Tabell’s Market Letter – January 15, 1982

Tabell’s Market Letter – January 15, 1982

Tabell's Market Letter - January 15, 1982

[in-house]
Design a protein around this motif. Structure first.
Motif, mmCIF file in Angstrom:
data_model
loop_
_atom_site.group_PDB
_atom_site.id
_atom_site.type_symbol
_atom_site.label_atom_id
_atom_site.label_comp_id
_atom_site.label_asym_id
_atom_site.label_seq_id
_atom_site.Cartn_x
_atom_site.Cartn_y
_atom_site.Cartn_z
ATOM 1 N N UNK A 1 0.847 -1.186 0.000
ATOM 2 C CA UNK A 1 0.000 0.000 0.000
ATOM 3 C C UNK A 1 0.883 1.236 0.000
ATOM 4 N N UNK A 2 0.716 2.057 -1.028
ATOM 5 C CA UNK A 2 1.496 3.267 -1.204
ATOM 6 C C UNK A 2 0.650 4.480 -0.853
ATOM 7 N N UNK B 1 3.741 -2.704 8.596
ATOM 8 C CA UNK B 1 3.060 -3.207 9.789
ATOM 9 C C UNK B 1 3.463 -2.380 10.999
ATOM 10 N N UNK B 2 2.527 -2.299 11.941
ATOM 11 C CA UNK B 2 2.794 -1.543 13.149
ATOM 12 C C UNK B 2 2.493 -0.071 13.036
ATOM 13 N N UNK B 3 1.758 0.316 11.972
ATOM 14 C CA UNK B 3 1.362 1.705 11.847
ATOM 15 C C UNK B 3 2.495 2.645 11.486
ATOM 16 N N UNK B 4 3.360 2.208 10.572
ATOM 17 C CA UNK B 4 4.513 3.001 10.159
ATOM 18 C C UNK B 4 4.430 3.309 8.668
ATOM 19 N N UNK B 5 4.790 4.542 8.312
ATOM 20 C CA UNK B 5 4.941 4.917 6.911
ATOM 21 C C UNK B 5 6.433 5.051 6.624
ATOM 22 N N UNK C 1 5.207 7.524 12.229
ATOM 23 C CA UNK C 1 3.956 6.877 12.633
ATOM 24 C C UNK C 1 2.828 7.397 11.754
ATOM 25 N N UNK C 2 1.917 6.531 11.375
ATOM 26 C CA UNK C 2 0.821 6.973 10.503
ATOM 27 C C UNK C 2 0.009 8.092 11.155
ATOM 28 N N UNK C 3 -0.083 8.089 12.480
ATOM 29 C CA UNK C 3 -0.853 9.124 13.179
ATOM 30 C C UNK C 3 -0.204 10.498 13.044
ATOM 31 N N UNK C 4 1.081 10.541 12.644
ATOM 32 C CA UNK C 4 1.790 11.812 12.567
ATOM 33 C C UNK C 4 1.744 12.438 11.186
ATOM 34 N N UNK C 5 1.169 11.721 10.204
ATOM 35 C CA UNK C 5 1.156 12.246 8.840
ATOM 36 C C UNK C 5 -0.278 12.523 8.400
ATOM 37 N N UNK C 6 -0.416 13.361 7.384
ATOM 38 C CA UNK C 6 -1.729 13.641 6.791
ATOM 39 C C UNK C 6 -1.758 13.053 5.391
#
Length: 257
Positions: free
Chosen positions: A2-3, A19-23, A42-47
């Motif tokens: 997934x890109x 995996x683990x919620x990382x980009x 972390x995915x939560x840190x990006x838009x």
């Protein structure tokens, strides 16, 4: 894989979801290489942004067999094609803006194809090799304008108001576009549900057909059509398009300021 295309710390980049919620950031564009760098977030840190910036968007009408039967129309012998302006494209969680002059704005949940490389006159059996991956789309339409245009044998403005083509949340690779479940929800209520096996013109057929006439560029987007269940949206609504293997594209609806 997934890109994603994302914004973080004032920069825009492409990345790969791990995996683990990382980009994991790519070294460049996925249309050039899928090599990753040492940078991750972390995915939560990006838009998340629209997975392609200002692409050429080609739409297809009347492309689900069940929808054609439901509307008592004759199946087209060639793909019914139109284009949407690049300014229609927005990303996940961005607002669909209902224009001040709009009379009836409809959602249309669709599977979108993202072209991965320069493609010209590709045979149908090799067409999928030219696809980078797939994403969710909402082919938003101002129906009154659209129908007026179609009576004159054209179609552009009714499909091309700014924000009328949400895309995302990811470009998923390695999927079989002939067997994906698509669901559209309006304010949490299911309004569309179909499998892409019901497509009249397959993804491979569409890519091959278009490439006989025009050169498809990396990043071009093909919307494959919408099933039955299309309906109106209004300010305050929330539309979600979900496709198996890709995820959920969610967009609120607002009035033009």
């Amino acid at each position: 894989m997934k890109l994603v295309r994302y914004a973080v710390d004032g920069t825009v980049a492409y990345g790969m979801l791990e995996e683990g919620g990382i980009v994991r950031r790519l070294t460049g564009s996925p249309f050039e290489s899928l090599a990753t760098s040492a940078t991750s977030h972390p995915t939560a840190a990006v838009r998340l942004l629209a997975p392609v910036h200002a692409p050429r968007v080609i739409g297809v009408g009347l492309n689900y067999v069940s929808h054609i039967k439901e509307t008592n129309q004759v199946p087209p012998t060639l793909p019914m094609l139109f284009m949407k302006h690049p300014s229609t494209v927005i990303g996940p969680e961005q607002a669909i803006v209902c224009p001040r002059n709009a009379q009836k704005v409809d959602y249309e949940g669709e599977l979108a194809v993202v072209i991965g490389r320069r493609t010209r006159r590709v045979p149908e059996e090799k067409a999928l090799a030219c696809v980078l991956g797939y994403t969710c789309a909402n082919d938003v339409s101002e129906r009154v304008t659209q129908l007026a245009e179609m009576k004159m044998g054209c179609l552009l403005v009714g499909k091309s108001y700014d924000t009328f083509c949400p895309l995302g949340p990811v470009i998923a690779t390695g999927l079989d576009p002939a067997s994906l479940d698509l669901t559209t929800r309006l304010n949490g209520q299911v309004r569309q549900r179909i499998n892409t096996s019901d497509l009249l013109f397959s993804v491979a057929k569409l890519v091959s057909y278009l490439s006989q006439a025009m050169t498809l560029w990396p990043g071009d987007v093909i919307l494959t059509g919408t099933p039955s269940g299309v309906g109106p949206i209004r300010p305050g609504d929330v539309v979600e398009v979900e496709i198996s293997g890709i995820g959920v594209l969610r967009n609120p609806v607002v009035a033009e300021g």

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TABELL'S MARKET LETTER 909 STATE ROAD, PRINCETON, NEW JERSEY 081540 DIVISION OF MEMBER NEW VORK STOCK EXCHANGE, INC MEMBER AMERICAN STOCK EXCHANGE January 15,,1982 This letter ha.' pen fair..aount pace J!.!..its last.!.ew issues,!ocurn.eJ1ting \V.!t.aJ we. taketo , be tne rather.-aisma,Lnear-term outlook for equity. prices …Expertise in technical-aiuilysis is hardly-a requirement for recognizing the fact that the past week's rather dreary performance could hardly be said to be indicative of any sort of imminent reversal. It is possible, however, to take what is, in one sense, an optimistic view of the current technical picture. That view arises out of the fact that antici- pated weakness in the case of many stocks will produce the broadening of longer-term base patterns. This is in line with our presently-favored market scenario, calling for a major low, one of cycle dimen- sions, to be made during 1982 — in all probability during the first half of the year. If our assumption is correct, it can hardly be improper, even at this early stage, to attempt to look ahead and try to single out what impelling forces might cause a rise off this anticipated low. Candi- dates for the cause of such impetus are not, at this point, all that easy to find. We have in mind, however, one such possible force, the importance of which, we feel, has been insufficiently recognized insofar as financial markets are concerned. That force is the I.R.A., not the terrorist organization, but the Individual Retirement Account. Our suggestion of insufficient recognition is not meant to imply lack of attention. Indeed the only Americans currently unaware that something called an I.R.A. now exists are those who have managed somehow totally to insulate themselves from the modern advertising age. Media of all flavors have been chock-a-block with ads, most of them demonstrating how a 25-year-old, who can manage to scrape to- gether 2000 per year, are, of course, by and can larg etulrines.himsTehlfe into an instant multimillionaire individual retirement account, upon reaching retirement. despite the fact that it is They de- signed to be a mass-mo rket product, is probably one of the more complicated financial instruments cur- rently available. It is, as the ads only marginally point out, entirely dependent for its end result on the level of investment return that will obtain over a long period. Anyone possessing a crystal ball which will forecast the level of money rates over the 40 years between now. and a 25-year-old's retire- mel'!tis.theownerof.,.ae,..pieceof-eq.uipment..iOO..ed…..–'f-heI…a…A-also.,-to-sugg..st-just-one-rnore-in- sufficiently emphasized fact, is an instrument for tax-deferral, not tax avoidance. The value of this tax deferral is an immensely complex function of the age of the individual, future tax rates and a host of other factors. The problems of calculating true anticipated return for an I.R.A., we think, are sufficiently complicated to provide fuel for MBA dissertations for the next ten years. None of the above is to be taken as an argument against the I.R.A. Indeed, we heartily endorse it as one of the more exciting programs to become available to the individual in recent memory. Like most complexities, it can be reduced to basic principles. George Goodman summarized the entire thrust of the U. S. housing program of the past forty years in the sentence, The government wants you to buy a house. The I.R.A. can be summed up in the sentence, The government wants you to save money. In the first instance, it has paid — and very generously — to do )'lhat Uncle Sam wanted — as anyone owning residential real estate is quite aware. We think that for most individuals it will be equally profitable to follow Uncle's dictates as far as retirement planning is concerned. The individual in even a modest 30 tax bracket is, in effect, being handed 600 as an incentive to start an I.R.A. this year. Our own expectation is that this incentive will not be widely ignored. Which brings us to the' effect on financial markets. Some 90 million currently employed Americans are presumably eligible to sock 2000 apiece into plans this year, which, if they all took advantage of the fact, would result in an investment of 180 billion. Now we are fully aware that 100 participation is wildly unrealistic, but what is the proper estimate If it is only 10, 18 billion is a not-inconsider- able sum. Furthermore this 'x'-billion-dollar-infusion is a sum that is likely to rematerialize this year and the year after that. In ,addition, the interest being accrued on this sum remains temporarily un- taxed and therefore also available for future investment. The belief that such sums can become avail- able for deployment with no effect on financial markets is,. in our view, incredibly naive. Yet we have seen few models that attempt to take the I. R.A. 's investment effect into account. More complete discussion of possible I.R.A. effects must await future issues of this letter. In our view, however, those effects could well be considerable enough to provide part of the fuel for the next major upswing in the prices of financial assets. AWTrs ANTHONY W. TABELL DELAFIELD, HARVEY, TABELL Dow-Jones Industrials (1200 p.m.) 846.18 S & P Composite (1200 p.m.) 115.94 Cumulative Index (1/14/82) 1069.73 Lying is herewith defined as the placing of questionable assumptions in footnotes at the end of the text. No stalemen' or expression of opinion or (lny olher mailer herein conlOlned IS, or 1 to be deemed to be, d,reclly Of Indlrectl!., on offer or the sollc!iohon of an offer to buy or sell ony security referred to or menhoned The moiler IS presented merely for the convemenCE of The subSCtlber Whl e we believe the sources of our mformo lion 10 be rehoble, we In no woy represent or guorontee The occurocy Thereof nor of the statementS mode herem Any action to be token by the subSrlber should be based on his own Investlgotlon and Information Jonney Montgomery Scott, Inc, os 0 corporation, and Its officers or employees, moy now have, or moy later toke, posItions or trades m respect to any SeCUrities mentioned m thl5 or any future Issue, and such position may be different from ony views now or hereafter expressed m thIS or any other ISSl)e Janney Montgomery Scoll, tnc , which 15 registered With the SEC as an Investment adVisor, moy give odvlce to Its mvestment odvlsory and other C\.Istomers Independently of any statemenTS mode In thiS or m any other ISiue Furlher Informollon on any security menhoned herCln IS oVOIloble on request